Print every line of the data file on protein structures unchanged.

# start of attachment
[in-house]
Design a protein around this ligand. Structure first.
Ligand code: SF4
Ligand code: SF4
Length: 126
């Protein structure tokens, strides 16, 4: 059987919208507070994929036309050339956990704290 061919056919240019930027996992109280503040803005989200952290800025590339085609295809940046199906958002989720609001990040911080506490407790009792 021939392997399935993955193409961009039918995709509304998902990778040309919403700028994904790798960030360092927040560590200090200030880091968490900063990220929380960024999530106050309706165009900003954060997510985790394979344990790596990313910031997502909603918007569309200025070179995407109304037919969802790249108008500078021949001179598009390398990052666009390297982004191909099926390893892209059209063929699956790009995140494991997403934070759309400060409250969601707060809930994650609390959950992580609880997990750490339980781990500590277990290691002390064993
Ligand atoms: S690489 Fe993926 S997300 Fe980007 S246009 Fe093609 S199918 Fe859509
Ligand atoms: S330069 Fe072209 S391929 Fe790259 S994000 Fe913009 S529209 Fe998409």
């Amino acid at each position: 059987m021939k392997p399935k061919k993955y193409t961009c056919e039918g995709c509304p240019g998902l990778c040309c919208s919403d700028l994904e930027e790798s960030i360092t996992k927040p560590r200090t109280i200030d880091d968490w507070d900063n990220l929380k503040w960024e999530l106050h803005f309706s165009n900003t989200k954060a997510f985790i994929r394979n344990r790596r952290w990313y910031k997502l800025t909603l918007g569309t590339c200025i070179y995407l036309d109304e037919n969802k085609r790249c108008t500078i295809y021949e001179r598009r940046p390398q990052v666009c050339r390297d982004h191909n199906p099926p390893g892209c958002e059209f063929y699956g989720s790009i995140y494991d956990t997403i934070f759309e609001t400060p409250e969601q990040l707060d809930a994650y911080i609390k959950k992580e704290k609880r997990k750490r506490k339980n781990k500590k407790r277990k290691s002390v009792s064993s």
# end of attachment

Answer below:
[in-house]
Design a protein around this ligand. Structure first.
Ligand code: SF4
Ligand code: SF4
Length: 126
């Protein structure tokens, strides 16, 4: 059987919208507070994929036309050339956990704290 061919056919240019930027996992109280503040803005989200952290800025590339085609295809940046199906958002989720609001990040911080506490407790009792 021939392997399935993955193409961009039918995709509304998902990778040309919403700028994904790798960030360092927040560590200090200030880091968490900063990220929380960024999530106050309706165009900003954060997510985790394979344990790596990313910031997502909603918007569309200025070179995407109304037919969802790249108008500078021949001179598009390398990052666009390297982004191909099926390893892209059209063929699956790009995140494991997403934070759309400060409250969601707060809930994650609390959950992580609880997990750490339980781990500590277990290691002390064993
Ligand atoms: S690489 Fe993926 S997300 Fe980007 S246009 Fe093609 S199918 Fe859509
Ligand atoms: S330069 Fe072209 S391929 Fe790259 S994000 Fe913009 S529209 Fe998409």
């Amino acid at each position: 059987m021939k392997p399935k061919k993955y193409t961009c056919e039918g995709c509304p240019g998902l990778c040309c919208s919403d700028l994904e930027e790798s960030i360092t996992k927040p560590r200090t109280i200030d880091d968490w507070d900063n990220l929380k503040w960024e999530l106050h803005f309706s165009n900003t989200k954060a997510f985790i994929r394979n344990r790596r952290w990313y910031k997502l800025t909603l918007g569309t590339c200025i070179y995407l036309d109304e037919n969802k085609r790249c108008t500078i295809y021949e001179r598009r940046p390398q990052v666009c050339r390297d982004h191909n199906p099926p390893g892209c958002e059209f063929y699956g989720s790009i995140y494991d956990t997403i934070f759309e609001t400060p409250e969601q990040l707060d809930a994650y911080i609390k959950k992580e704290k609880r997990k750490r506490k339980n781990k500590k407790r277990k290691s002390v009792s064993s």